Categories: Elsewhere

Another Drop in the Drupal Sea: Ways to shoot yourself in the foot: element validation

Fri, 25/07/2014 - 05:21

I needed to do some custom validation of fields on a form. So, I decided to use #element_validate. One of the fields I was validating appeared a bit strange to me, though. When I displayed its $form_state['values']['field_face_palm'] information I saw that it looked like:

$field_face_palm['und'] = 'you_knucklehead'

instead of like:

$field_face_palm['und'][0]['value'] = 'you_knucklehead'

read more

Categories: Elsewhere

Drupal.org frontpage posts for the Drupal planet: Drupal 7.30 released

Fri, 25/07/2014 - 00:12

Drupal 7.30, a maintenance release with several bug fixes (no security fixes), including a fix for regressions introduced in Drupal 7.29, is now available for download. See the Drupal 7.30 release notes for a full listing.

Download Drupal 7.30

Upgrading your existing Drupal 7 sites is recommended. There are no new features in this release. For more information about the Drupal 7.x release series, consult the Drupal 7.0 release announcement.

Security information

We have a security announcement mailing list and a history of all security advisories, as well as an RSS feed with the most recent security advisories. We strongly advise Drupal administrators to sign up for the list.

Drupal 7 includes the built-in Update Manager module, which informs you about important updates to your modules and themes.

There are no security fixes in this release of Drupal core.

Bug reports

Drupal 7.x is being maintained, so given enough bug fixes (not just bug reports), more maintenance releases will be made available, according to our monthly release cycle.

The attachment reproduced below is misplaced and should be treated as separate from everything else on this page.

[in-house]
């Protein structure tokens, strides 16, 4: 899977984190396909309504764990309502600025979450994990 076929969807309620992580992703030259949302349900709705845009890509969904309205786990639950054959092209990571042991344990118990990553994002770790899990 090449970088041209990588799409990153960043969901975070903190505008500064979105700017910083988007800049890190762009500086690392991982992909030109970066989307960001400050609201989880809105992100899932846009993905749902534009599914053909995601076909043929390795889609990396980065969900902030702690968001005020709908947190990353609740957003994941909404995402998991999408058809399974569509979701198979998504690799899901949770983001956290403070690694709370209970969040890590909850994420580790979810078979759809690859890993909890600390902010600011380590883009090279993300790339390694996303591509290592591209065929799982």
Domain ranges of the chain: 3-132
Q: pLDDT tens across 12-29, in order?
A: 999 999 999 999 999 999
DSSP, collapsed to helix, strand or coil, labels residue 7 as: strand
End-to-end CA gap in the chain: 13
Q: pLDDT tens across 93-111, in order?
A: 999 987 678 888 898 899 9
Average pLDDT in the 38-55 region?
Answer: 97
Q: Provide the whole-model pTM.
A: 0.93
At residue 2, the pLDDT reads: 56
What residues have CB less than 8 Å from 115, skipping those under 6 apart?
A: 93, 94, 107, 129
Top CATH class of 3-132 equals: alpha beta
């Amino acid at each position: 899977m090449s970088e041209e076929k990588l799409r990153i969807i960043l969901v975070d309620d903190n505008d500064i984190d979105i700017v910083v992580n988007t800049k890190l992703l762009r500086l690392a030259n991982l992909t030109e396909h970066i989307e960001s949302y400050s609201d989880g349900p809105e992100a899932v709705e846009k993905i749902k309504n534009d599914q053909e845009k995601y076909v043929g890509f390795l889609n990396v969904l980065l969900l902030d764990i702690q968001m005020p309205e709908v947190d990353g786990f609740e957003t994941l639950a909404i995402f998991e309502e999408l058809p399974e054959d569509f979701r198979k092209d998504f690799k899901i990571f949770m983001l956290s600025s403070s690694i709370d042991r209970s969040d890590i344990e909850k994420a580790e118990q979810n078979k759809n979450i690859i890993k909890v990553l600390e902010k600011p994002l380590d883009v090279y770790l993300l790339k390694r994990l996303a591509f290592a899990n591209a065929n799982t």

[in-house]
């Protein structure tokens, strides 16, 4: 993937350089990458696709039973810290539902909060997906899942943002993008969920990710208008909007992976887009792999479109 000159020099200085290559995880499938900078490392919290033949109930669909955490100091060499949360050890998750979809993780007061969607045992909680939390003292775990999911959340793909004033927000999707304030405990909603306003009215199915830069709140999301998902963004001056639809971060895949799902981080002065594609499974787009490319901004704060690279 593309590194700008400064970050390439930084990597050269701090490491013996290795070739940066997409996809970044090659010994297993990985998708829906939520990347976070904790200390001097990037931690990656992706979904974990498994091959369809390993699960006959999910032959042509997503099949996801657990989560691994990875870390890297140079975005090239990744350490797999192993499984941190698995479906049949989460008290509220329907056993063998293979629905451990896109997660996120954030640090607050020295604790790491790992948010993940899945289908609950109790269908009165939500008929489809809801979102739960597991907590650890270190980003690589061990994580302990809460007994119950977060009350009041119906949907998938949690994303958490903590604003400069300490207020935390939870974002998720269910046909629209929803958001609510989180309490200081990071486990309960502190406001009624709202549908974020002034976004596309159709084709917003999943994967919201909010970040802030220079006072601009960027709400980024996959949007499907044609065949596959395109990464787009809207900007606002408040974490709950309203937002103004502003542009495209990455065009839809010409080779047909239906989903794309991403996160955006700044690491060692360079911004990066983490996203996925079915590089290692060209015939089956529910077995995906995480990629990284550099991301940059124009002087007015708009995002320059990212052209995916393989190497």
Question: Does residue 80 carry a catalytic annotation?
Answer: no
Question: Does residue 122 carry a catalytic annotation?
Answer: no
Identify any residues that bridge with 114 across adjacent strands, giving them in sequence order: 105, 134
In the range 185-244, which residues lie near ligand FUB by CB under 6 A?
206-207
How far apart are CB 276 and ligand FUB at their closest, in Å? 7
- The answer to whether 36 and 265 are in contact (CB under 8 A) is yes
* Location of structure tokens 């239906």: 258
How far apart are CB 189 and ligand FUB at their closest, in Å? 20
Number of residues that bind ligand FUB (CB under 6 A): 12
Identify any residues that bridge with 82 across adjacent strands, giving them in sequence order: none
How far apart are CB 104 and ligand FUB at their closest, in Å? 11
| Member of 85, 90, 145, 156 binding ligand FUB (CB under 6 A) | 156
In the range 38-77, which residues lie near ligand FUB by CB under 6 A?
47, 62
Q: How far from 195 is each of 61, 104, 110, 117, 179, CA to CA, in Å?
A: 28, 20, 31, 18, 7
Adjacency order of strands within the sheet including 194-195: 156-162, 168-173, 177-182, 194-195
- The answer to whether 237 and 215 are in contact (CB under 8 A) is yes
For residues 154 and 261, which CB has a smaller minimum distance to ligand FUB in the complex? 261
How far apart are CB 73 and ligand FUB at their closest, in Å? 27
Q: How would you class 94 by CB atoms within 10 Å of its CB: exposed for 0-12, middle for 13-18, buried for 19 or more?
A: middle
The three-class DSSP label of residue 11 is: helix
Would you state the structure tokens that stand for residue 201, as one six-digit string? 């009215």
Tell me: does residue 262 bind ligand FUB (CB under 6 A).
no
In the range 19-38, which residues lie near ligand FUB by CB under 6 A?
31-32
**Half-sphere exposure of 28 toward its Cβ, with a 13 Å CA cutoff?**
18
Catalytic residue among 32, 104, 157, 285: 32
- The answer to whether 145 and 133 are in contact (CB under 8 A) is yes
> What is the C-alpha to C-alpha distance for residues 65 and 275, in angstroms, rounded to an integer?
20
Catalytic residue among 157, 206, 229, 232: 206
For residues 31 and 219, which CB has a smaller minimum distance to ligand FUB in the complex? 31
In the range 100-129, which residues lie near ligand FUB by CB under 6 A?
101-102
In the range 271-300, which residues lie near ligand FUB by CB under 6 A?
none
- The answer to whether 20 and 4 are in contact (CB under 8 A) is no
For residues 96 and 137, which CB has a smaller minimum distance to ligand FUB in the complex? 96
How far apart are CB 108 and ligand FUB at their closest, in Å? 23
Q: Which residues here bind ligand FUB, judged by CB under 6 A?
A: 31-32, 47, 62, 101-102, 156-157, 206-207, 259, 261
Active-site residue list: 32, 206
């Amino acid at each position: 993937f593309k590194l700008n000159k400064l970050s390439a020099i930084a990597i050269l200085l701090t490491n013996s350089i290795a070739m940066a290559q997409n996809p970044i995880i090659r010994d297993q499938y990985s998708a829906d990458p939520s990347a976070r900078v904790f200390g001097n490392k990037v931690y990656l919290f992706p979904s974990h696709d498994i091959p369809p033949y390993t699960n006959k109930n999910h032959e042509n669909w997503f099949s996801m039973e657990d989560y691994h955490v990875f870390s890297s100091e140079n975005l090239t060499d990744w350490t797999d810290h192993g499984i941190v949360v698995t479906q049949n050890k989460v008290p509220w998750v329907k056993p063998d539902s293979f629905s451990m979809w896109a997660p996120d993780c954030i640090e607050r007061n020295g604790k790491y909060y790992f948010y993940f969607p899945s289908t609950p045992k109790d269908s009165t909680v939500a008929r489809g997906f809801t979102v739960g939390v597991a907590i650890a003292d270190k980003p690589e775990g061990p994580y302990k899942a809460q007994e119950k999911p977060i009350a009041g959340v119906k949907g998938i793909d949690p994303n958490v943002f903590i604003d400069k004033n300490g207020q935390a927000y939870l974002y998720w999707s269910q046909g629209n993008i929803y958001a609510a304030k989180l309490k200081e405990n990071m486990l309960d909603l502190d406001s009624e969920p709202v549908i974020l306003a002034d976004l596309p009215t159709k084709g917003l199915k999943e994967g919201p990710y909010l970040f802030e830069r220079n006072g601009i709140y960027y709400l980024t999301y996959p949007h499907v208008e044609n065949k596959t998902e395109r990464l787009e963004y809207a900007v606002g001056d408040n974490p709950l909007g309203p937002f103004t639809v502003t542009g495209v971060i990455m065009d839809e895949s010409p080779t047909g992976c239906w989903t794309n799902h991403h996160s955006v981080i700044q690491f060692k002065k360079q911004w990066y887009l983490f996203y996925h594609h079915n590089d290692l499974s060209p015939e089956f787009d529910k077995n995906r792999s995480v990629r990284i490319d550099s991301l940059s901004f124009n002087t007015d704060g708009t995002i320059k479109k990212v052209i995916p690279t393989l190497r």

Changelog

Drupal 7.30 is a bug fix only release. The full list of changes between the 7.29 and 7.30 releases can be found by reading the 7.30 release notes. A complete list of all bug fixes in the stable 7.x branch can be found in the git commit log.

Update notes

See the 7.30 release notes for details on important changes in this release.

Known issues

None.

Front page news: Planet DrupalDrupal version: Drupal 7.x
Categories: Elsewhere

Mediacurrent: Code Review for Non-Technical Folks

Thu, 24/07/2014 - 23:07

Andrew Riley leads us through a high level walkthrough of what Code Reviews are and why we need them. In this talk he covers what we check for at Mediacurrent (syntax, security, efficiency etc) and why code reviews are important for our customers and any company that writes their own code.

Additional Resources

Drupal 8 In Pictures (for Users) | Mediacurrent Blog

Categories: Elsewhere

Forum One: Drupal 8 Code Sprint at the Jersey Shore

Thu, 24/07/2014 - 20:52

On the heels of our own Drupal 8 code sprint in DC, I spent the last weekend with the New Jersey Drupal group who organized a Drupal 8 code sprint in Asbury Park, NJ – and although I was never greeted by The Boss, I was pleased to participate thanks to the generosity of the event organizers.

Issue-Focused

I worked on the MenuLink NG part 1 issue extensively with Peter Wolanin and YesCT. This issue is part of the [Meta] New plan, Phase 2 issue which proposed performance improvement and UI improvement in Drupal 8. This issue originally had a 600KB patch, but to make it more reviewable/committable the issue was split into five child issues.